Our first stop was at the Silk Factory of Chiang Mai

A silk weaver creating beautiful silk cloth.

Beautiful, but expensive, silk clothing

Our second stop was at the Chiang Mai Teak factory.  Above is a photo of

a teak carver making a bas relief wall hanging.  The carving was

very complicated with many layers of figures.

A carved teak table and chairs ready for finishing.

Our last stop was at the paper parasol factory

Parasols being made by a group of women who shape the ribs

and prepare the paper covering.

Early the next morning we drove up to the Shrinehru School located on

a mountain top near Chiang Mai.

The school was not in session, so our visit was limited to a picture taking walk about.

A local woman drying her field crop.

Wat Phrathat Doi Suthep is a Theravada Buddhist temple near Chiang Mai

Province, Thailand. The temple is often referred to as "Doi Suthep",

although this is actually the name of the mountain it is located on. The temple

is located 15 km from the city of Chiang Mai, and is a sacred site to many

Thai people. From the temple, impressive views of Chiang Mai can be seen

and it remains a popular destination for tourists.

The gold-plated Chedi in the middle of a square marble-tiled courtyard

There were several Buddha's found in the Temple.

The Jade Buddha was a beautiful sight!

Young local dancers greeted Temple visitors throughout the day.

After touring the nearby Temple we had a visit to a Jade factory where

we learned about Jade and how jewelry was made.  Items for

sale were quite exquisite and expensive.

Our next morning started with a stop at a local Orchid Farm.  It was off

season, but a few very pretty orchids were on the vines.

Our second stop of the morning was at Karen Village the home

of the Padaung Long-Necked  women.

The girls of the village receive their first brass neck rings at age seven. 

They work in the village shops weaving fabric for scarves they sell in their shops.

After this visit we were off to the Mae Taeng Elephant Camp.

People returning from their elephant ride.

People returning from their elephant ride of about an hour. 

The rides are partly taken in the Maesa River.

Elephants performing in their unique show.

Elephant's painting pictures.

Completed paintings were purchased by two of our tour group members

 to take home.  Suda, a 4-year old elephant was able to write her name.


Carol & John enjoying an elephant ride.  It was a bouncy experience.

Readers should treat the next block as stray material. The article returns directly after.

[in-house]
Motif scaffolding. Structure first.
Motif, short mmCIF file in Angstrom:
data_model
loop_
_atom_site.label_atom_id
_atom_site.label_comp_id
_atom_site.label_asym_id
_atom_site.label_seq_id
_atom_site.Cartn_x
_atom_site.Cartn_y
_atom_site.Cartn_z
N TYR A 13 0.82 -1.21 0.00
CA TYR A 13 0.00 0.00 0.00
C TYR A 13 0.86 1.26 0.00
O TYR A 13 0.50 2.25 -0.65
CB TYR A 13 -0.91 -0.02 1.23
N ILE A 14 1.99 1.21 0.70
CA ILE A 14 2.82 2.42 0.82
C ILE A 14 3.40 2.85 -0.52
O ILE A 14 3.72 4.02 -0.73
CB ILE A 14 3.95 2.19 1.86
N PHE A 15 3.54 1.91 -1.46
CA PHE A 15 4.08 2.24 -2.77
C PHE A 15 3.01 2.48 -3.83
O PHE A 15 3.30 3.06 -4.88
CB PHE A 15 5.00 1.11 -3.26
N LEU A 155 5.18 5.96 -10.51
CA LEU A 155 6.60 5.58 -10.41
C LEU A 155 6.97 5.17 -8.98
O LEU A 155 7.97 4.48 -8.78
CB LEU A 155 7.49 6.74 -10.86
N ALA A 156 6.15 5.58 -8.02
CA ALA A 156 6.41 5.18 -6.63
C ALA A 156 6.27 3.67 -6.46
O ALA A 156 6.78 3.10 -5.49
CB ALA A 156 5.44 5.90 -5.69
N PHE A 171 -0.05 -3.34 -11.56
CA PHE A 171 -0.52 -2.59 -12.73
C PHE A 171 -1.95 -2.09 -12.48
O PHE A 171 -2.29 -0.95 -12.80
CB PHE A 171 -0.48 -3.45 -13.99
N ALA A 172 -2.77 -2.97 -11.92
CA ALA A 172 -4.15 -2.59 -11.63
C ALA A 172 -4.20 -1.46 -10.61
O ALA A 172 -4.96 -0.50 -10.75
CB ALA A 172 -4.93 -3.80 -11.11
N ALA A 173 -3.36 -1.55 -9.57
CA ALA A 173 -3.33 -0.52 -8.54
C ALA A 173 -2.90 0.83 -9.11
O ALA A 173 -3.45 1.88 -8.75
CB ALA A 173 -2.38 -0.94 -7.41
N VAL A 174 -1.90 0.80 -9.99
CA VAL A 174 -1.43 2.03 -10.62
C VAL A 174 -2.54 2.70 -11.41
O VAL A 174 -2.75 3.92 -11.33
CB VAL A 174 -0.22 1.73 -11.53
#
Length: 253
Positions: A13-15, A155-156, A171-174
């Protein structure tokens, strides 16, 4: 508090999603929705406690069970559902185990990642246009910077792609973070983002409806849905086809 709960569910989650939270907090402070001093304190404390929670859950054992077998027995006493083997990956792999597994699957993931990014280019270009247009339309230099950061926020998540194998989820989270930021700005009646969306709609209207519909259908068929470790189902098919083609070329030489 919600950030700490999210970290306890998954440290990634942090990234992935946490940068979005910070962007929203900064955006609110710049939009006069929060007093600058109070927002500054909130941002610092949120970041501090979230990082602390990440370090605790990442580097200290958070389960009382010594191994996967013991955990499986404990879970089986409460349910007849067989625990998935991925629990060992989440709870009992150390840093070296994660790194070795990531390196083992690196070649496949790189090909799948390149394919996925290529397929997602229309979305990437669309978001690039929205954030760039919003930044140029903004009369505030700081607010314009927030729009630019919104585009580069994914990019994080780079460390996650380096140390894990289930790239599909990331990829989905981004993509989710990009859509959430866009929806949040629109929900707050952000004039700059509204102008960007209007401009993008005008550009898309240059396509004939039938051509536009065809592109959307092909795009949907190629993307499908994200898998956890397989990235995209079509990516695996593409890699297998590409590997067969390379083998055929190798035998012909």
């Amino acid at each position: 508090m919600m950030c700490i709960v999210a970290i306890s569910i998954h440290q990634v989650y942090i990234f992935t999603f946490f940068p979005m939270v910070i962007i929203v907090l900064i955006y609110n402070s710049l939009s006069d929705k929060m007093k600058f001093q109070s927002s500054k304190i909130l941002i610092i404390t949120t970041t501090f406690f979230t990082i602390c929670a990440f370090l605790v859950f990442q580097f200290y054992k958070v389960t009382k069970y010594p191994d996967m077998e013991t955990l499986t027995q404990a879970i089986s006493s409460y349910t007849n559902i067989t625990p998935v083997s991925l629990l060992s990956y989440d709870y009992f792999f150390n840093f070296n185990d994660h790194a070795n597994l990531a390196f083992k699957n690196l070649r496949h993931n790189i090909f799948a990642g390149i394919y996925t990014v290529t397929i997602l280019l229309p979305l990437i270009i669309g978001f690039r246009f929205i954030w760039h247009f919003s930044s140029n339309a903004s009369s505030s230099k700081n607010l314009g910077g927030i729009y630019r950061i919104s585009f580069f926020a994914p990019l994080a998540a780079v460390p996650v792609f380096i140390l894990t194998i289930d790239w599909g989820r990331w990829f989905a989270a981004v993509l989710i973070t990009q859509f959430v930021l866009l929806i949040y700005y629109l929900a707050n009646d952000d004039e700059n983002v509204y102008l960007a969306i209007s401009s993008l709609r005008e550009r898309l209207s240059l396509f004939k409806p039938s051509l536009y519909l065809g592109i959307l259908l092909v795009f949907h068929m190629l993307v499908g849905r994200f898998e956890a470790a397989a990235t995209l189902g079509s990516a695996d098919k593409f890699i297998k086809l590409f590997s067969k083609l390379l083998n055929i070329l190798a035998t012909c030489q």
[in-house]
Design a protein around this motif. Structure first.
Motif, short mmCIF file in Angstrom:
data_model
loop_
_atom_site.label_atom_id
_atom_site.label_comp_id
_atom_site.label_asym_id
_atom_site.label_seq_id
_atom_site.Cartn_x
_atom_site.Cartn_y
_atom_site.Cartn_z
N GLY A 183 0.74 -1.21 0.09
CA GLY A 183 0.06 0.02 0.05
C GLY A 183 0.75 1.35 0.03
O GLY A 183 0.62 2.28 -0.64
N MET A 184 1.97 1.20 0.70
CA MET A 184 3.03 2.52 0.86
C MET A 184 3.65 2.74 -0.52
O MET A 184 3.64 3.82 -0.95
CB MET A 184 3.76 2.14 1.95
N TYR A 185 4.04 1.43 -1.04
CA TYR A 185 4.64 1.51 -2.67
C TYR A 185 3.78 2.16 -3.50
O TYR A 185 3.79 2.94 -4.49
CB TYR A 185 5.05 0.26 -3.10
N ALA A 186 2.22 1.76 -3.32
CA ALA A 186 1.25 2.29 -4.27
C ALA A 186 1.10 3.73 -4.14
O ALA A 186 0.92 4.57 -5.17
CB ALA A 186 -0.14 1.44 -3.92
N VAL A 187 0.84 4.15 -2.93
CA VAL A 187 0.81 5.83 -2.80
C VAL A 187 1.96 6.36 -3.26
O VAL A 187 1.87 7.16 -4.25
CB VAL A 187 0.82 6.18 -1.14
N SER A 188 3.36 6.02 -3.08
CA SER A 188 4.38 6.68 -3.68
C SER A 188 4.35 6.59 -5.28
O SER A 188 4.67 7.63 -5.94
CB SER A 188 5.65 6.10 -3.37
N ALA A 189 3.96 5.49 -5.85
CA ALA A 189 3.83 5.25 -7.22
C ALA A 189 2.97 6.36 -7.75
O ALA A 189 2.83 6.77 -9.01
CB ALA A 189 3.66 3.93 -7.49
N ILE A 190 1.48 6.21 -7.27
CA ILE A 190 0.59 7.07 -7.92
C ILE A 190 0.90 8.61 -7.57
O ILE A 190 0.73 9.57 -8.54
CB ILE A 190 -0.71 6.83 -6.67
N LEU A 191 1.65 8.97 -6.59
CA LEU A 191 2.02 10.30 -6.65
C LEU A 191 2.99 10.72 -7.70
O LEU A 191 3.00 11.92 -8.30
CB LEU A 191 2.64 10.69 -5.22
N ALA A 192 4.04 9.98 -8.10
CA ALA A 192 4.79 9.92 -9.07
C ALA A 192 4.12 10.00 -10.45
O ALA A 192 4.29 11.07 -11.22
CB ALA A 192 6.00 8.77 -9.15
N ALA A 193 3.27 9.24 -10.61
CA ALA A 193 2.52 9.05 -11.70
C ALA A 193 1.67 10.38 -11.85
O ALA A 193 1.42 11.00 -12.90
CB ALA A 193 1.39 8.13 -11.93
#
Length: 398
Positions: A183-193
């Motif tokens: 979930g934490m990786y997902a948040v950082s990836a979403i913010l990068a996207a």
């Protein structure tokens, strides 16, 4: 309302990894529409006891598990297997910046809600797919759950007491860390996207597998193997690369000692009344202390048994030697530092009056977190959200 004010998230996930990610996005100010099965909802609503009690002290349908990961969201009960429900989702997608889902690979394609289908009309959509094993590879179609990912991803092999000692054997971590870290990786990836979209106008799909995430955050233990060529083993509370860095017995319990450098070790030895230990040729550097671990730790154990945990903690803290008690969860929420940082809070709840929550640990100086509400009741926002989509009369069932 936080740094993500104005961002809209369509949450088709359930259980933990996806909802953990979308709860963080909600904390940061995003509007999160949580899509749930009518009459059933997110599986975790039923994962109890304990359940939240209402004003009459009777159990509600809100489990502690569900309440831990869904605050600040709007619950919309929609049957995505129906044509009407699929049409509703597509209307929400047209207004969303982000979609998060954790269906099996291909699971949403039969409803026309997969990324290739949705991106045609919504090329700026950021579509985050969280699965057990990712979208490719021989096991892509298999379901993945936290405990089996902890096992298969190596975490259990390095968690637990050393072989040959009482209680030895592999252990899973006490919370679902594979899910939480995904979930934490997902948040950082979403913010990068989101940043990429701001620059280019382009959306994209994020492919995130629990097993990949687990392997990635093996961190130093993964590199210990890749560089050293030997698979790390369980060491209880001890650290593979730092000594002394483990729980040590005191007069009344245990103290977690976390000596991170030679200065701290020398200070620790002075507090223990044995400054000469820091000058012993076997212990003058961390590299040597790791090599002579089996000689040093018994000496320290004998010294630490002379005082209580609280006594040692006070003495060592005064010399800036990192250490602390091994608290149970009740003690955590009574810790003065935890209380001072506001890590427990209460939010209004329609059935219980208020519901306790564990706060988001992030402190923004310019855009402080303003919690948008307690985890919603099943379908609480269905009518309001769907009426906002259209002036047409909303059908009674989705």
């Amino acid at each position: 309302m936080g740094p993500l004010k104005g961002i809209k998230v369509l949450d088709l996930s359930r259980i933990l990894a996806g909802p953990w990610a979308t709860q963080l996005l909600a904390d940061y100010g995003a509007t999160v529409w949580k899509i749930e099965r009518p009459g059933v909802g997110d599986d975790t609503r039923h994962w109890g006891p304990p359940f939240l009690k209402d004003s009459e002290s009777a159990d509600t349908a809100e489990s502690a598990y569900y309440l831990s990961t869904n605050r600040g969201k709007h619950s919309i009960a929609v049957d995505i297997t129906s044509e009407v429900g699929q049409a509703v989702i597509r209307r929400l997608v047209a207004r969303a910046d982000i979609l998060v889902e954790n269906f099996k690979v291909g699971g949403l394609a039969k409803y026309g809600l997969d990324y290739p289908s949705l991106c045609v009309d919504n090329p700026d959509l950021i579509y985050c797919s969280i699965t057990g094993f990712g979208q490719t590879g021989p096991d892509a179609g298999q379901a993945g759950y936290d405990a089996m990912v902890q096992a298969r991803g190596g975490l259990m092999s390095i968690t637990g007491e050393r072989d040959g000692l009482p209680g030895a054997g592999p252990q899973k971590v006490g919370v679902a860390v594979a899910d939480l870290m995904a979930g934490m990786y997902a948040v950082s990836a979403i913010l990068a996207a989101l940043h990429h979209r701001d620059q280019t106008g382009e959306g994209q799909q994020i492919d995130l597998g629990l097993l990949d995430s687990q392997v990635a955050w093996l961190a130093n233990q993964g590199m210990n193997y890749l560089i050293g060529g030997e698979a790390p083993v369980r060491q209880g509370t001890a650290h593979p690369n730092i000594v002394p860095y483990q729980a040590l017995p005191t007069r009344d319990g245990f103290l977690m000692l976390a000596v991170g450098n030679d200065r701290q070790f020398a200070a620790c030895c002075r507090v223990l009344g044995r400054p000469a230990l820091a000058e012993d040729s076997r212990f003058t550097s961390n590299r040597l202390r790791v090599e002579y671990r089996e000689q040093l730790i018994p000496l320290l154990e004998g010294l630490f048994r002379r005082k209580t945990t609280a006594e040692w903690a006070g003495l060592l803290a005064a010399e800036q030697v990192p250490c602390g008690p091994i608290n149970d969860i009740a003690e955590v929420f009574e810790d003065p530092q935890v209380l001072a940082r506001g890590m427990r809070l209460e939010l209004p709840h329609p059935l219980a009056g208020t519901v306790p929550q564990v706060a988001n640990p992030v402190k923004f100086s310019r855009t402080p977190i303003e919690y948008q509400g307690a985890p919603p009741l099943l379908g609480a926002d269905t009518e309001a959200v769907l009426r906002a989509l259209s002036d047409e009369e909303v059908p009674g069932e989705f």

After elephant ride, we rafted down the Maesa river for about 45

minutes.  We saw water marks on trees indicating that in the

rainy season the water level rises 20 feet.

After our busy and exciting day we checked in to our Hotel at our

in Chiang Mai.  It was a fun day of new experiences.

A new day and another boat ride on the Kok River to Baan Mai.

Kok River scenery.

The boats went very fast and maneuvered very easily.   They were powered

by automobile engines mounted on the rear transom of the boats.   The prop

is in the water about ten feet behind the boat.  This is the river spot we stopped to

visit the Hill Tribe village.

  This is a view of the Hill Tribe Village of the Akha.  They are

know for their gorgeous headdresses decorated with silver coins.

There was a snake charmer on the dock at the Village of Baan Mai

when we landed there.  Carol was eager to handle this gentleman's

pet python, about 8 feet long.

Upon our arrival at Chiang Rai we went directly to the famous White

Temple.  Wat Rong Khun is a contemporary unconventional Buddhist temple

in Chiang Rai, Thailand. It was designed and built by Chalermchai Kositpipat, an art instructor.

Construction began in 1996 and is expected to be completed 60 - 90 years after the

death of the artist and designer.

The temple is a brilliant white color with thousands of small mirror

mosaics inlayed around the temple.

Day 10 found our hardy group of travelers heading to the famous

Golden Triangle.  We boarded these trucks for the ride up to the

Doi Mae Salong settlement.

Along the way we saw beautiful sun-bathed images like this rice paddy.  Jasmine rice

is the leading agricultural product of Thailand.  You could see rice fields

all round the country.

This settlement was founded by Kuomintang soldiers who fled China in 1949.

A typical home found in the village settlement.

Villagers displayed their traditional dance for our group.  There was several

stands offering local crafts for sale.

Mae Sal a market town on the Myanmar border.

After Mae Sal we drive on to the Golden Triangle.  This is the place where

the Ruak and the mighty Mekong Rivers meet.

A large Buddha greets visitors to Sob Ruak.

Carol in front of the Elephant Monument.  Three times crossing

under the elephant brings good luck.

Boat landing for Mekong River cruises.  Our group enjoyed a sail

on the Mekong river.

A river view of Sob Ruak

A large casino on the Laos side of the river.  The casinos are built on the Laos and

Myanmar river sides to accommodate the Chinese gamblers.  There are no

casinos in Thailand.

Carol and I are in Laos.  Our river boat ride stopped at a dock on the Laos

side, so we could shop in a small area that offered all kinds of things

for sale.  One popular item was clear whiskey in bottles with cobras, giant scorpions and

other interesting objects inside.

After our boat ride we stopped at the nearby Hall of Opium.  There were no pictures

allowed.  Hall of Opium was constructed on over 40 acres of land at a site

near The Golden Triangle. The site incorporates an exhibition area and